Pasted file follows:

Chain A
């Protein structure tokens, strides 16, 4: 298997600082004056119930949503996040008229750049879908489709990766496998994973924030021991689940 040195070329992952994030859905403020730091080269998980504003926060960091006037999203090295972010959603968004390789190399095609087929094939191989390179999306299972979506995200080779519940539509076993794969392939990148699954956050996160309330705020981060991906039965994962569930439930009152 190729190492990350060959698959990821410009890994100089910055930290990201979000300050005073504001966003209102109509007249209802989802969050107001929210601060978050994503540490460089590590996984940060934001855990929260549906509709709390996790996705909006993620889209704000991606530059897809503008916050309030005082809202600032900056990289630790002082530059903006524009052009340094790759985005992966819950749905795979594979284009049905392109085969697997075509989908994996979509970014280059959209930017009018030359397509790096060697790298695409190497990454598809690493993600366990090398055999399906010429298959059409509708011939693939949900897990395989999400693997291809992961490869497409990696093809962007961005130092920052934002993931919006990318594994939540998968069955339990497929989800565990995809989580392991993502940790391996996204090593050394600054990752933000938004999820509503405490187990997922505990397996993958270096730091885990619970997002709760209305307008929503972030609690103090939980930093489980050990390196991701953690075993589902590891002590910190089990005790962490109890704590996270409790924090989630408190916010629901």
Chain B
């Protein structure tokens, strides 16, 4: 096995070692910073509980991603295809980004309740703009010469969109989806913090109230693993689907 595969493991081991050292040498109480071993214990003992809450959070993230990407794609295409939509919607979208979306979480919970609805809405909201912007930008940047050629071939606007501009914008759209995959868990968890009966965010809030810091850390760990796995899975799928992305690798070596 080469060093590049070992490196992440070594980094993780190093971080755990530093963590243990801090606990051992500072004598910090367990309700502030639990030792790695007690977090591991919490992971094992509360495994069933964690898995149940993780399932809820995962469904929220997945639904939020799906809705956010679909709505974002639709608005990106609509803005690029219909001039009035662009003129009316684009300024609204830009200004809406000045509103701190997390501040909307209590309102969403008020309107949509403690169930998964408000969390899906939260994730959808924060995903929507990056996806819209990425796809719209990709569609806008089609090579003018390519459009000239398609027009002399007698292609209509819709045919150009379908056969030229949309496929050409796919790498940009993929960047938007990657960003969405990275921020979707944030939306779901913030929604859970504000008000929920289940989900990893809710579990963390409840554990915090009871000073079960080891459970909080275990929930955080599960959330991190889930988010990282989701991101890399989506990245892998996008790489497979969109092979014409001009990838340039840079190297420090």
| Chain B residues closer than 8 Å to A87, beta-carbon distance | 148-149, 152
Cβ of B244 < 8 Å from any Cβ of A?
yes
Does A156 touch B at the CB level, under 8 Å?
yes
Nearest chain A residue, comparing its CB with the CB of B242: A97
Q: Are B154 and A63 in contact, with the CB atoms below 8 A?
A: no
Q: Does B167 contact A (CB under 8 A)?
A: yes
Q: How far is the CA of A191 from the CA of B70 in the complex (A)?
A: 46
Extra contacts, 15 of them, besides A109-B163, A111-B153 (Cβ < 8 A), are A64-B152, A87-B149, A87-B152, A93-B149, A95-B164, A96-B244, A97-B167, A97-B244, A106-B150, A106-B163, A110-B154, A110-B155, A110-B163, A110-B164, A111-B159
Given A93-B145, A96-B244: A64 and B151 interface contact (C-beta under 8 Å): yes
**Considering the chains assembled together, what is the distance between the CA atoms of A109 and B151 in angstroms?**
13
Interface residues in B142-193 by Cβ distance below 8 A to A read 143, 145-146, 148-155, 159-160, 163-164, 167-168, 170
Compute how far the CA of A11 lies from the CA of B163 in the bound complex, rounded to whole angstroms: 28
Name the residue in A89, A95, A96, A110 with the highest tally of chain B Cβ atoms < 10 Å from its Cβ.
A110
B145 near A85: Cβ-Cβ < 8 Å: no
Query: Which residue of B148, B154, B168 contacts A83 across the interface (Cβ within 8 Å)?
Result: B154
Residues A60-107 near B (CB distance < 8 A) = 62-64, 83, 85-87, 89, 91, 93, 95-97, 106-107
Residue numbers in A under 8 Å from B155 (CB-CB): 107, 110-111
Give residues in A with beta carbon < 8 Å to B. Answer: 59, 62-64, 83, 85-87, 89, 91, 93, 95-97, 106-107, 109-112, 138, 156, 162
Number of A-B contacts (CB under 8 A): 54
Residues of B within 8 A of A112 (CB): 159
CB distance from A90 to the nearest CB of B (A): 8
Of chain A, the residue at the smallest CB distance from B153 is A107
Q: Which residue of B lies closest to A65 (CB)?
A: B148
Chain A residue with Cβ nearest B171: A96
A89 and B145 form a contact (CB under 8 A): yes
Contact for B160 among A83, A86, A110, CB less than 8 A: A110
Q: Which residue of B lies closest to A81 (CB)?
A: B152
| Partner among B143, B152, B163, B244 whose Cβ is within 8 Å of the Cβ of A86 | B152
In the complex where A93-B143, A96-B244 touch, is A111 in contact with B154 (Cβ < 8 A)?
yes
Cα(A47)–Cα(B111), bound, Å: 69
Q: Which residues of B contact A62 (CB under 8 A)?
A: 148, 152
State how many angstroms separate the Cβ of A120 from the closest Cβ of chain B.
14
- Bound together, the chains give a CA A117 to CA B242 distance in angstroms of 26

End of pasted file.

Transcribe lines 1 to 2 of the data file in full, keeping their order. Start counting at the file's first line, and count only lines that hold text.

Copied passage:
Chain A
């Protein structure tokens, strides 16, 4: 298997600082004056119930949503996040008229750049879908489709990766496998994973924030021991689940 040195070329992952994030859905403020730091080269998980504003926060960091006037999203090295972010959603968004390789190399095609087929094939191989390179999306299972979506995200080779519940539509076993794969392939990148699954956050996160309330705020981060991906039965994962569930439930009152 190729190492990350060959698959990821410009890994100089910055930290990201979000300050005073504001966003209102109509007249209802989802969050107001929210601060978050994503540490460089590590996984940060934001855990929260549906509709709390996790996705909006993620889209704000991606530059897809503008916050309030005082809202600032900056990289630790002082530059903006524009052009340094790759985005992966819950749905795979594979284009049905392109085969697997075509989908994996979509970014280059959209930017009018030359397509790096060697790298695409190497990454598809690493993600366990090398055999399906010429298959059409509708011939693939949900897990395989999400693997291809992961490869497409990696093809962007961005130092920052934002993931919006990318594994939540998968069955339990497929989800565990995809989580392991993502940790391996996204090593050394600054990752933000938004999820509503405490187990997922505990397996993958270096730091885990619970997002709760209305307008929503972030609690103090939980930093489980050990390196991701953690075993589902590891002590910190089990005790962490109890704590996270409790924090989630408190916010629901």